Steroid scare: A deadly outbreak shows a need for Pa. regulation

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In this political open season on regulations, the public health arena has served up a tragic reminder of why governments have an obligation to set rules on the making and marketing of products that can cause harm as well as good.

Pennsylvania has a special reason to pay attention. As the Post-Gazette's David Templeton reported Saturday, if a Massachusetts pharmacy had not voluntarily recalled a bad batch of steroid shots linked to a deadly outbreak of a rare form of fungal meningitis, Pennsylvania could not have stopped its distribution here.

As of Tuesday afternoon, 199 cases had been confirmed in 10 states and 11 deaths had been reported. Although none of the cases are from Pennsylvania, the state was one of 23 that had received shipments of the steroid. Two pain management clinics -- one in Altoona and also South Hills Pain & Rehab Associates, with facilities in Jefferson Hills, Bethel Park, Monessen and Brentwood -- were involved.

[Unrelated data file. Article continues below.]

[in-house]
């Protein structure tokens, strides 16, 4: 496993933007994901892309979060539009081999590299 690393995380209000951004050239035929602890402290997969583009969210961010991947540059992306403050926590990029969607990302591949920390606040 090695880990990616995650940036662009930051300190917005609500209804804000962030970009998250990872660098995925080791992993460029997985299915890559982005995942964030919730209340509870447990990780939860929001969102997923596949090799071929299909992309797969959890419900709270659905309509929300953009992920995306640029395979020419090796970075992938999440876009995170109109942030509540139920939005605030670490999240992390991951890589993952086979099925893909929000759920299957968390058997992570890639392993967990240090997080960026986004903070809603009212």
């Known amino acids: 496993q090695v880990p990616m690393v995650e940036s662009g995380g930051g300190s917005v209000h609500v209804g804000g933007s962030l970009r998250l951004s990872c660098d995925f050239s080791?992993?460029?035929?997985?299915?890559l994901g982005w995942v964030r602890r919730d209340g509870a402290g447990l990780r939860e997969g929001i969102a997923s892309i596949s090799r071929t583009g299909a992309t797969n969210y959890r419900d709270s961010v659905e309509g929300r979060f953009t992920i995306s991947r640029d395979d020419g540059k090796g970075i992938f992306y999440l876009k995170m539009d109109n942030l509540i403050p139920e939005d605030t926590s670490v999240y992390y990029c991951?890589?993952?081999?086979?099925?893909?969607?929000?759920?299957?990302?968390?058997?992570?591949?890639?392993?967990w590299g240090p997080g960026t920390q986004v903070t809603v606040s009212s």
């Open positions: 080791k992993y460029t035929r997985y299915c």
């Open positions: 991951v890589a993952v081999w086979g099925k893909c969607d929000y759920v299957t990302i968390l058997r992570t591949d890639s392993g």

While the U.S. Centers for Disease Control and Prevention and the Food and Drug Administration were moving to curb the threat, with help from the Allegheny County Health Department and the state Health Department, it is alarming to find a hole in the regulatory net big enough for a pharmacy truck to drive through.

One would assume that the state Board of Pharmacy would have this covered or else the state Board of Health would have its own regulations. But the Post-Gazette reported that the state Drug Device and Cosmetic Act requires that only out-of-state businesses with sales staff here must register with the health department if they distribute drugs or medical devices.

As it happens, only Pennsylvania, Georgia and Massachusetts don't require out-of-state drug makers to be licensed to ship drugs within their borders. When so many other states have a tougher rule, that should be a hint to Pennsylvania to follow suit.

Yet this sort of regulation is the very thing that conservative politicians prune to cut the cost of doing business. It would seem sensible enough, but the lack of oversight looks a lot different after lives have been lost.

While the Massachusetts steroid manufacturer should be held accountable, we are not calling for the iron fist of regulation to fall on the pharmaceutical industry in a way that drives up the cost of drugs to patients. But some rule is needed and it doesn't have to be heavy to be reasonable -- as Pennsylvania has learned in this episode.

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